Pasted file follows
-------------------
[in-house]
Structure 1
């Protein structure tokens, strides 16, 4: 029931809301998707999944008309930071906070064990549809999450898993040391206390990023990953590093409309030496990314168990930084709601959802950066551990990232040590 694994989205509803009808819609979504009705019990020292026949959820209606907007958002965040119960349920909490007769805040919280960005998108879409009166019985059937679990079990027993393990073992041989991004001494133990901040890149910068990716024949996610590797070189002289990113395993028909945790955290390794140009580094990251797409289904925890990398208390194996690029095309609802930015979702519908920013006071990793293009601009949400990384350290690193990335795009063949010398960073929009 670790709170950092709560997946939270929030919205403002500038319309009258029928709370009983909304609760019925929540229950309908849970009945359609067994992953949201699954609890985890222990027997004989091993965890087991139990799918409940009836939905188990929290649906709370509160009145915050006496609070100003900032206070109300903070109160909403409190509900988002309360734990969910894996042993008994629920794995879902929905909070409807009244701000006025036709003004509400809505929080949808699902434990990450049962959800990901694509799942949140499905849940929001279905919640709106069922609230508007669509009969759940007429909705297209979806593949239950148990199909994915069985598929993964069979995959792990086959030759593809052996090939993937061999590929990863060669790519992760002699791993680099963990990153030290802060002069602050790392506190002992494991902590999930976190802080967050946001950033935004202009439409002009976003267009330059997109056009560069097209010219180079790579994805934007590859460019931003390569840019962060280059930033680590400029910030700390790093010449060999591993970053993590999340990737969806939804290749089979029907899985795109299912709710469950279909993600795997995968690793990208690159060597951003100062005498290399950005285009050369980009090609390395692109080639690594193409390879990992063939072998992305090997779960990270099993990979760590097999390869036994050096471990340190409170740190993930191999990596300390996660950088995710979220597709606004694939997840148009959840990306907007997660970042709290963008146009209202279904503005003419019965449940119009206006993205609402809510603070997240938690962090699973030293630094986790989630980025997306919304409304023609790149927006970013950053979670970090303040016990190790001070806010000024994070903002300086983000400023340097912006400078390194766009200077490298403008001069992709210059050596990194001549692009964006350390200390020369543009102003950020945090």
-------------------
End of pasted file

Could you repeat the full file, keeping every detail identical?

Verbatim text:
[in-house]
Structure 1
């Protein structure tokens, strides 16, 4: 029931809301998707999944008309930071906070064990549809999450898993040391206390990023990953590093409309030496990314168990930084709601959802950066551990990232040590 694994989205509803009808819609979504009705019990020292026949959820209606907007958002965040119960349920909490007769805040919280960005998108879409009166019985059937679990079990027993393990073992041989991004001494133990901040890149910068990716024949996610590797070189002289990113395993028909945790955290390794140009580094990251797409289904925890990398208390194996690029095309609802930015979702519908920013006071990793293009601009949400990384350290690193990335795009063949010398960073929009 670790709170950092709560997946939270929030919205403002500038319309009258029928709370009983909304609760019925929540229950309908849970009945359609067994992953949201699954609890985890222990027997004989091993965890087991139990799918409940009836939905188990929290649906709370509160009145915050006496609070100003900032206070109300903070109160909403409190509900988002309360734990969910894996042993008994629920794995879902929905909070409807009244701000006025036709003004509400809505929080949808699902434990990450049962959800990901694509799942949140499905849940929001279905919640709106069922609230508007669509009969759940007429909705297209979806593949239950148990199909994915069985598929993964069979995959792990086959030759593809052996090939993937061999590929990863060669790519992760002699791993680099963990990153030290802060002069602050790392506190002992494991902590999930976190802080967050946001950033935004202009439409002009976003267009330059997109056009560069097209010219180079790579994805934007590859460019931003390569840019962060280059930033680590400029910030700390790093010449060999591993970053993590999340990737969806939804290749089979029907899985795109299912709710469950279909993600795997995968690793990208690159060597951003100062005498290399950005285009050369980009090609390395692109080639690594193409390879990992063939072998992305090997779960990270099993990979760590097999390869036994050096471990340190409170740190993930191999990596300390996660950088995710979220597709606004694939997840148009959840990306907007997660970042709290963008146009209202279904503005003419019965449940119009206006993205609402809510603070997240938690962090699973030293630094986790989630980025997306919304409304023609790149927006970013950053979670970090303040016990190790001070806010000024994070903002300086983000400023340097912006400078390194766009200077490298403008001069992709210059050596990194001549692009964006350390200390020369543009102003950020945090």